China is reportedly weighing a purchase of Italian debt, which would give it greater leverage in the global economy
Italian Prime Minister Silvio Berlusconi welcomes Wang Gang, the vice-chairman of China's main government advisory body, during a meeting at Chigi Palace in Rome / Reuters
It's not hard to understand why Americans might be nervous about news that China is considering buying up Italian debt, a potential first step toward bailing out the troubled European Union economies. There are immediate concerns, such as China's demand that Europe give up some the trade regulations that keep it protected from Chinese undercutting. And the story hits on a number of American anxieties, stated and unstated: that China's debt holdings give it a tool to use against us; the decline of the U.S. as the world's leader; the rise of China to displace us; Western financial weakness; the glimmer of doubt that maybe we got it wrong with the Western system of free markets and liberal democracy, that China got it right and will soon be leading the way.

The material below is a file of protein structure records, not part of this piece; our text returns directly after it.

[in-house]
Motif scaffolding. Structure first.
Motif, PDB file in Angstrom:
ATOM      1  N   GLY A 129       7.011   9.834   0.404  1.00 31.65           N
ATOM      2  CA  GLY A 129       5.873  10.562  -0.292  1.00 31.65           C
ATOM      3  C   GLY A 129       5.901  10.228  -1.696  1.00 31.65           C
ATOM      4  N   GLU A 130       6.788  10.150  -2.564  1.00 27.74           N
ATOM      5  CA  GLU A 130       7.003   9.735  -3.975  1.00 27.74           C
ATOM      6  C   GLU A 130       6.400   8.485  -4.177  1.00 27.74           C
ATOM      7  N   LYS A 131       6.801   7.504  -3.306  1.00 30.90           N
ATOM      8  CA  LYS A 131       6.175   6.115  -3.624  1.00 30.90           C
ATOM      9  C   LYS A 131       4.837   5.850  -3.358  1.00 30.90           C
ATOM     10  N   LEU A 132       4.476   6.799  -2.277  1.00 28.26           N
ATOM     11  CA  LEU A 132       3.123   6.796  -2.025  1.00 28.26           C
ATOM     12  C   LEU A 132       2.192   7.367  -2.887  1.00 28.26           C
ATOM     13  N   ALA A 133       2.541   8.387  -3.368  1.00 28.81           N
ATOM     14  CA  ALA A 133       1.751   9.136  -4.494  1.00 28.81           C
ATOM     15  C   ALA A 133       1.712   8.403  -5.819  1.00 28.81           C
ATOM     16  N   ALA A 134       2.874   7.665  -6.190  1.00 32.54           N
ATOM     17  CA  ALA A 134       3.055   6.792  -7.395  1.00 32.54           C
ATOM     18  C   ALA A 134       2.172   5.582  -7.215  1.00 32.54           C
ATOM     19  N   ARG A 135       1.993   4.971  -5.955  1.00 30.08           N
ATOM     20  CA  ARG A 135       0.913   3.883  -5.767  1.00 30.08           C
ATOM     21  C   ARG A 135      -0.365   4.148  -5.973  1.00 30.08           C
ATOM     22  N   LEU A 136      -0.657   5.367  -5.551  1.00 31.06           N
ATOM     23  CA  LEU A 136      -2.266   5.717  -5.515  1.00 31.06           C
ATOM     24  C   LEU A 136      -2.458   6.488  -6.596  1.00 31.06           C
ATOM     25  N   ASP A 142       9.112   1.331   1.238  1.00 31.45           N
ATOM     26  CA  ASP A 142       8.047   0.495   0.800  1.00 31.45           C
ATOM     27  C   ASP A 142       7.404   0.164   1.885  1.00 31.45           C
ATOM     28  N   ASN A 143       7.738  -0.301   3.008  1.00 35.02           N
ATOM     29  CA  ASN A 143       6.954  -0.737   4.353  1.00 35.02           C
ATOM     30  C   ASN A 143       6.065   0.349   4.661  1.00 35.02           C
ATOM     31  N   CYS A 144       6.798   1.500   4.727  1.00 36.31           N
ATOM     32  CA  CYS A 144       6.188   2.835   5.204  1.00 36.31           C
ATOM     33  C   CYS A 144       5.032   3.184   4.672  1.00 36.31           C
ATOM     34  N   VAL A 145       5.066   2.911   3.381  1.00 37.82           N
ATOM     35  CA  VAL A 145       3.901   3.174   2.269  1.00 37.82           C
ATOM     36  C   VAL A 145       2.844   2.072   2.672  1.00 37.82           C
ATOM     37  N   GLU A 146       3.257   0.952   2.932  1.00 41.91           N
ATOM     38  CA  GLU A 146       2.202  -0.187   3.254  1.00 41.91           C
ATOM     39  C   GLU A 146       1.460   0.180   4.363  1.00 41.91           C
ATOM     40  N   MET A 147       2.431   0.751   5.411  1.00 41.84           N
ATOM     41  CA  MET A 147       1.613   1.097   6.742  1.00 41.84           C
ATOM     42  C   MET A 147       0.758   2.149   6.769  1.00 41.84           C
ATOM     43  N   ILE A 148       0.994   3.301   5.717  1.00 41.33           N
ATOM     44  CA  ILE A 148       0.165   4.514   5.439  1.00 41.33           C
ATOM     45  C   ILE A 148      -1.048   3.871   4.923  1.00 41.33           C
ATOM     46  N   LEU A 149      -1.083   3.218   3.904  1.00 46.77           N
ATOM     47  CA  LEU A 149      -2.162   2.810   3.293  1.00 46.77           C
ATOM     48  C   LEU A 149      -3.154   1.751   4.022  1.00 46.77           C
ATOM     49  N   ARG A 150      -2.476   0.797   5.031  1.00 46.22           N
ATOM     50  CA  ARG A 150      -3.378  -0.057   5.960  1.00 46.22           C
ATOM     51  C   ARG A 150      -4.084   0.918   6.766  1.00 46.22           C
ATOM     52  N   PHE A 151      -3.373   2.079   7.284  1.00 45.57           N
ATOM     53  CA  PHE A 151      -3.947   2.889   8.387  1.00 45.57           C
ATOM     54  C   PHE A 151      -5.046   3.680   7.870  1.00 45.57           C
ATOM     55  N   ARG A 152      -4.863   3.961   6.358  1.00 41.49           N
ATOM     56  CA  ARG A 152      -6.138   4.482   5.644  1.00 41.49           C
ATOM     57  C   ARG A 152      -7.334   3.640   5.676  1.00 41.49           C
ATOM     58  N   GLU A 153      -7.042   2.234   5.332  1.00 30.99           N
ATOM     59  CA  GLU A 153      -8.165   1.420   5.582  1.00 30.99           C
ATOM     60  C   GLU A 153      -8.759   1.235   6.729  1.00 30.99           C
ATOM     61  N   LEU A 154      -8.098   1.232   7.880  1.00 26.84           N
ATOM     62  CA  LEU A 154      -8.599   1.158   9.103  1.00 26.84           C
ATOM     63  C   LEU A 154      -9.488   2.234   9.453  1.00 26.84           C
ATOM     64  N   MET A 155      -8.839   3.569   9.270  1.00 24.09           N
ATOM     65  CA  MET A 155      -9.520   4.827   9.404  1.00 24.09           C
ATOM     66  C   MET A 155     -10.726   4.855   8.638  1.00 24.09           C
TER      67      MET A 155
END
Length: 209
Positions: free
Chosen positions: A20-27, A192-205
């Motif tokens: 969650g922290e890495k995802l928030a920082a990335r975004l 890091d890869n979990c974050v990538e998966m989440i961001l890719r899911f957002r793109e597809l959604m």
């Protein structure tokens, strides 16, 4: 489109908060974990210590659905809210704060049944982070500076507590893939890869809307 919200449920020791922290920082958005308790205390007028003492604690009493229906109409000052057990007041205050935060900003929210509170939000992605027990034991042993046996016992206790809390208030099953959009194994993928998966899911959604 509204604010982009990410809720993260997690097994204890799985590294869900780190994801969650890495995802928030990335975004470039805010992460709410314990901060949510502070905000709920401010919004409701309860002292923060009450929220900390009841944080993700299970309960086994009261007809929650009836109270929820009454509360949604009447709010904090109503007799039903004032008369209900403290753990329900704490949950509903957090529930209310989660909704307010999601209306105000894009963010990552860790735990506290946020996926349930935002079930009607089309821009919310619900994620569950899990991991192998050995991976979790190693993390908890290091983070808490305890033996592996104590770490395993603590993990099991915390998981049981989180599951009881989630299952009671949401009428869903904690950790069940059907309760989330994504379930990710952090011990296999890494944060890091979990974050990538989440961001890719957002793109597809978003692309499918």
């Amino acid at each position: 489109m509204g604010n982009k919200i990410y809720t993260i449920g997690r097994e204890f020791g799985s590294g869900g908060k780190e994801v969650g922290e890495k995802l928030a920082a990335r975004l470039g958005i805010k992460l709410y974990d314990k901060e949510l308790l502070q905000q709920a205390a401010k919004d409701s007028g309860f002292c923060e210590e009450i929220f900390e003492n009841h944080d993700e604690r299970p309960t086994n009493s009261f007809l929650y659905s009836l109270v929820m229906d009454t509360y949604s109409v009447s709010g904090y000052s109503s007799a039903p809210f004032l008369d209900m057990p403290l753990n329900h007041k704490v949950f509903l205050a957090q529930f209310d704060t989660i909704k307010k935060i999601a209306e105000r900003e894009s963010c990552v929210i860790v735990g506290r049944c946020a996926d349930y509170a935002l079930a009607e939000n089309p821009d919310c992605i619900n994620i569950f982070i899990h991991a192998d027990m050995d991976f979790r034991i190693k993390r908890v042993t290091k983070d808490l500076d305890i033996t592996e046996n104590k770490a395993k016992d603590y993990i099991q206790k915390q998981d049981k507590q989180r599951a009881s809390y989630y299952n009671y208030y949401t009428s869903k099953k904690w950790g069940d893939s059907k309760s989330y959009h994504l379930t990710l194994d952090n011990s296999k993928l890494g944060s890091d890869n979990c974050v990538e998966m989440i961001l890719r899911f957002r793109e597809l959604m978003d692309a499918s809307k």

But China, by buying up debt from Italy or elsewhere in the EU, might actually be doing far more to promote the Western-style free market democracy than to subvert it. An investment in Italian debt is literally an investment in the Italian style of governance, after all. More than that, it's an investment within a larger international system of free markets, global cooperative institutions, and inter-governmental organizations. Despite all the talk of the decline of the West and Western-style system, that fact that China -- the world's largest authoritarian state economy -- is even weighing sovereignty fund investments and World Trade Organization regulations is a nice little victory for Adam Smith, Woodrow Wilson, and other architects of the liberal international system.